#alloc #allocator #align #alignment #aligned


Provides cross-platform primitives for aligned memory allocation

4 releases

0.1.3 Jan 28, 2017
0.1.2 Jan 24, 2016
0.1.1 Oct 14, 2015
0.1.0 Oct 14, 2015

#79 in Memory management

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Aligned Allocations for Rust

Linux / OS X Windows
Build Status Build status

This crate provides cross-platform primitives for requesting specifically aligned allocations. It is not meant to be used as a general allocator API like alloc::heap, but can be used for infrequent large allocations that have a specific alignment requirement.

For example, certain arena allocators can find the arena in which an object was allocated by masking the address bits if the arena is aligned to its size.

On Unix, this crate makes use of the posix_memalign function. On Windows, it's a little more complicated: We use VirtualAlloc to reserve a chunk of address space large enough for the allocation plus alignment (no memory is actually allocated), then calculate an aligned address inside this reserved space, undo the reservation with VirtualFree (the extra bit of reserved memory for the alignment won't get wasted), and VirtualAlloc again, this time passing the aligned pointer and actually allocating the memory instead of just reserving address space.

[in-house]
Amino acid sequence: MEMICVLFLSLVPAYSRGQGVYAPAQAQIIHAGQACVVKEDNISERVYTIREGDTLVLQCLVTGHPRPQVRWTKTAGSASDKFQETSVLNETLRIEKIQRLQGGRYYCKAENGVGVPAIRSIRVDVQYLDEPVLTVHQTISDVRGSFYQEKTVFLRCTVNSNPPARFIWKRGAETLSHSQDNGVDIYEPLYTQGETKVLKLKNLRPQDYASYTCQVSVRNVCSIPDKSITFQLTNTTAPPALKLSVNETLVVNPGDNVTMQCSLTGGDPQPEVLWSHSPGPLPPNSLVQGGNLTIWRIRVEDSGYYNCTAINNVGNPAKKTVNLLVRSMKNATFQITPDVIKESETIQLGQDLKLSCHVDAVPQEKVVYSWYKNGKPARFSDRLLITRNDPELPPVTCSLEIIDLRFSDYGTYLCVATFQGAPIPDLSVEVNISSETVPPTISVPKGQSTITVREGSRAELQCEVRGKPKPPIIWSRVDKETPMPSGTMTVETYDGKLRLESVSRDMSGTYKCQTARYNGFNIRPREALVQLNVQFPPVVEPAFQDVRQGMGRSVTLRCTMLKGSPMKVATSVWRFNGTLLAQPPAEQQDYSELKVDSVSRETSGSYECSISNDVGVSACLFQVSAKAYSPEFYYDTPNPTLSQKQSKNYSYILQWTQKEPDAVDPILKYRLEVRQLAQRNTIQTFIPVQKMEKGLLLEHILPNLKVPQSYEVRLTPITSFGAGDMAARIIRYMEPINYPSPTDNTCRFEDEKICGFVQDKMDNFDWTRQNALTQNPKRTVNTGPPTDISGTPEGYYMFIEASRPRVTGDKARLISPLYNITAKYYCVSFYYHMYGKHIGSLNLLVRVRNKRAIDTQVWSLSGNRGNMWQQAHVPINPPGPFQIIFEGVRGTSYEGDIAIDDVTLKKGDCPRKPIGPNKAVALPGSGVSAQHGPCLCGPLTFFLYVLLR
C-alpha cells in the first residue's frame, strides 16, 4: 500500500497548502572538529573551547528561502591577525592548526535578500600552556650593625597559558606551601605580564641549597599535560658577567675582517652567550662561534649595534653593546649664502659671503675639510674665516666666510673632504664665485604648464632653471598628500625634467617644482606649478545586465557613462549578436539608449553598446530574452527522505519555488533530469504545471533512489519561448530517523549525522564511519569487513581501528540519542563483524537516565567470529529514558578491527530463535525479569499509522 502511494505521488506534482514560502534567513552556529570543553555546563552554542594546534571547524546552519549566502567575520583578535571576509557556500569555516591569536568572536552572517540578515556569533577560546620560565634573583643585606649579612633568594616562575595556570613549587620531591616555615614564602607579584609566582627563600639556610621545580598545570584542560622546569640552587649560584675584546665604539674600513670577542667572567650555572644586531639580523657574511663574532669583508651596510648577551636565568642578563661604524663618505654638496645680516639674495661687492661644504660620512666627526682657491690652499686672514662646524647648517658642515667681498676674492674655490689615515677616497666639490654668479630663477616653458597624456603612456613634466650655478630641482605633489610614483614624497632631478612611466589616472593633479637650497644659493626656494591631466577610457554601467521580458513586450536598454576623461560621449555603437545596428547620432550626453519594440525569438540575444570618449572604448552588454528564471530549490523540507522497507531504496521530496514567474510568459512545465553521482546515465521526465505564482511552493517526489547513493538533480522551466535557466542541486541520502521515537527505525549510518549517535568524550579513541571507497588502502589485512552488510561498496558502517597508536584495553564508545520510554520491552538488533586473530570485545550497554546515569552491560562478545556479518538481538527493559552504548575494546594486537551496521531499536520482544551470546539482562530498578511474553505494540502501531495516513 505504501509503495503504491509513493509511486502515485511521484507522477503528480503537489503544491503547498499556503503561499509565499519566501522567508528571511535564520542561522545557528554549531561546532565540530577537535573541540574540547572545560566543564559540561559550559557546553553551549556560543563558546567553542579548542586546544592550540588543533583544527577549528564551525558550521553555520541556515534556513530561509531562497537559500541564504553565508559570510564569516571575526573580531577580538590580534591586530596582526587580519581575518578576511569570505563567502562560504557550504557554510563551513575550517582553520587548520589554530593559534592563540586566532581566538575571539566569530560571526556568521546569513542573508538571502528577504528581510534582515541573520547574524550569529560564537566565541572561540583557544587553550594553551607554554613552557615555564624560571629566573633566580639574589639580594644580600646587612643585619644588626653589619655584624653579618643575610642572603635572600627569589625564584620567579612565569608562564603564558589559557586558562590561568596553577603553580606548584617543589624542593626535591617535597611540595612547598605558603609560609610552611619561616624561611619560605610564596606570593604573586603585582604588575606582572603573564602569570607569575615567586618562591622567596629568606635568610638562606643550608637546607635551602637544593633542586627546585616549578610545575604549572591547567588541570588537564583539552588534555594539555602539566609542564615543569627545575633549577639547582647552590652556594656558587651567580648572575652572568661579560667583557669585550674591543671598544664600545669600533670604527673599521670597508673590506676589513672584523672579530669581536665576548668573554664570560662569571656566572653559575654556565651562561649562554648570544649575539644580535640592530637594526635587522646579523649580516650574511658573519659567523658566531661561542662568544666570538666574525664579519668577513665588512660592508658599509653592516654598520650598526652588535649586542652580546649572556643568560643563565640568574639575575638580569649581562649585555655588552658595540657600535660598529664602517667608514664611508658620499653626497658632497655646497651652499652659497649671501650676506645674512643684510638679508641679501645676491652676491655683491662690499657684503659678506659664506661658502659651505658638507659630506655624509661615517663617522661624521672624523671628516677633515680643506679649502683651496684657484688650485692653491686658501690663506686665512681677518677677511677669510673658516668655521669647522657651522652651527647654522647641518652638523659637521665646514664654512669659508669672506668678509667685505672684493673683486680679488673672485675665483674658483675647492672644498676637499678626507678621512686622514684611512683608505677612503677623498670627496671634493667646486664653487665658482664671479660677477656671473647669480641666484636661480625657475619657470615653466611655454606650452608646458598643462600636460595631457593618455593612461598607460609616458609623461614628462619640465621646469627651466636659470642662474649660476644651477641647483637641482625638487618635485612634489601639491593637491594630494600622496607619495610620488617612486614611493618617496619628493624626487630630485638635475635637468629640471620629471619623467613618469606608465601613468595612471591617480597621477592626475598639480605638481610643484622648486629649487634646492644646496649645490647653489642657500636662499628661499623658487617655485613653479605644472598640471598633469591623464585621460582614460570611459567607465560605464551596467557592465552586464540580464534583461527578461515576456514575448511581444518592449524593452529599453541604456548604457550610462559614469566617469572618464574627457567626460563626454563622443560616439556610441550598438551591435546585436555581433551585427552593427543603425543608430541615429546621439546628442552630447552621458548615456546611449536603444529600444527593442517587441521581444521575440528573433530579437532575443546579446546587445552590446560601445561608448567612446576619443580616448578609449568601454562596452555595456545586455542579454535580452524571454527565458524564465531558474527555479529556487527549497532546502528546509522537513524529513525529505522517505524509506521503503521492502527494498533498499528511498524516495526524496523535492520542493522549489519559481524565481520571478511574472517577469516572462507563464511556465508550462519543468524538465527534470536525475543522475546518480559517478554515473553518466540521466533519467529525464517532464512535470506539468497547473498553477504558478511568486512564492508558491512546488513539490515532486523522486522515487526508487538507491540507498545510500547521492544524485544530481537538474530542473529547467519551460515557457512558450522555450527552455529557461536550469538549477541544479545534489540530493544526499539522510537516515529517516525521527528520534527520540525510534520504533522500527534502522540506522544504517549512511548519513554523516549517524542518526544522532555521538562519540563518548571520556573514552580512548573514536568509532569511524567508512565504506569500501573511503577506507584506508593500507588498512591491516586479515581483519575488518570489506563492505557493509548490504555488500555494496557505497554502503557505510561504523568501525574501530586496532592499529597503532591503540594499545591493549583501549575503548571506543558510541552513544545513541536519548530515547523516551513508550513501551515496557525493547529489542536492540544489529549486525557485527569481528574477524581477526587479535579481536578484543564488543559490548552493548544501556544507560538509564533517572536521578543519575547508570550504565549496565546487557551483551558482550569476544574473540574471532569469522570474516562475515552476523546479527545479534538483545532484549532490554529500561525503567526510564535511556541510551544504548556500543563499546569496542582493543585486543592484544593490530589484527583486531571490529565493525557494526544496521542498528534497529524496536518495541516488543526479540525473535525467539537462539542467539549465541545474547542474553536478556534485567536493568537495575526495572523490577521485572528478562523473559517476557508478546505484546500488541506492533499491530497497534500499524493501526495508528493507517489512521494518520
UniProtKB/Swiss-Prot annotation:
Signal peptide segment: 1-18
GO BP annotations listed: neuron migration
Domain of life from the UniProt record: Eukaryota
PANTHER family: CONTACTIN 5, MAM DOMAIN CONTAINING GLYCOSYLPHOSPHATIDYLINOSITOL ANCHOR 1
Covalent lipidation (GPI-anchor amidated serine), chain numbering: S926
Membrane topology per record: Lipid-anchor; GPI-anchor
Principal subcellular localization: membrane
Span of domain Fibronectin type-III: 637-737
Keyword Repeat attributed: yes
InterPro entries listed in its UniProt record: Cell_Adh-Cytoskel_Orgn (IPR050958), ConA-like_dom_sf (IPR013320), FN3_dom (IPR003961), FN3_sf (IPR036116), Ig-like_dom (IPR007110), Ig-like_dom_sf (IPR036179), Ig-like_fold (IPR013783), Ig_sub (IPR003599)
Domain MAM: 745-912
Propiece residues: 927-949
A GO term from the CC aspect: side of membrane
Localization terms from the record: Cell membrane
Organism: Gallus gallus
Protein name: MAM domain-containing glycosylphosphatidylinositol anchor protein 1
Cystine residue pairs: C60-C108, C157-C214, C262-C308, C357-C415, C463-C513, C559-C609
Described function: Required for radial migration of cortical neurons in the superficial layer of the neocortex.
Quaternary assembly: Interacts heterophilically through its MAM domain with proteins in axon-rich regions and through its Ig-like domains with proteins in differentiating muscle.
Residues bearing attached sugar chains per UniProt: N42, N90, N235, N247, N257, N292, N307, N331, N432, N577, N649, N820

As usual, in your Cargo.toml:

aligned_alloc = "0.1"

And in your lib.rs or bin.rs:

extern crate aligned_alloc;


The API is simple, there are just two methods:

fn aligned_alloc(size: usize, align: usize) -> *mut ()

Allocates size Bytes aligned to align Bytes. Returns a null pointer on allocation failure.

The returned pointer must be deallocated by using aligned_free.

Note: This function is meant to be used for infrequent large allocations (as malloc already guarantees suitable alignment for all native datatypes) and might be quite slow when used heavily.

  • size: The size of the allocation in bytes.
  • align: The alignment of the allocation (at least the size of usize on the current platform). Must also be a power of two.

unsafe fn aligned_free(ptr: *mut ())

Deallocates aligned memory that was allocated with aligned_alloc. Unsafe because calling this with a pointer that was not allocated with aligned_alloc (or already released) causes undefined behavior.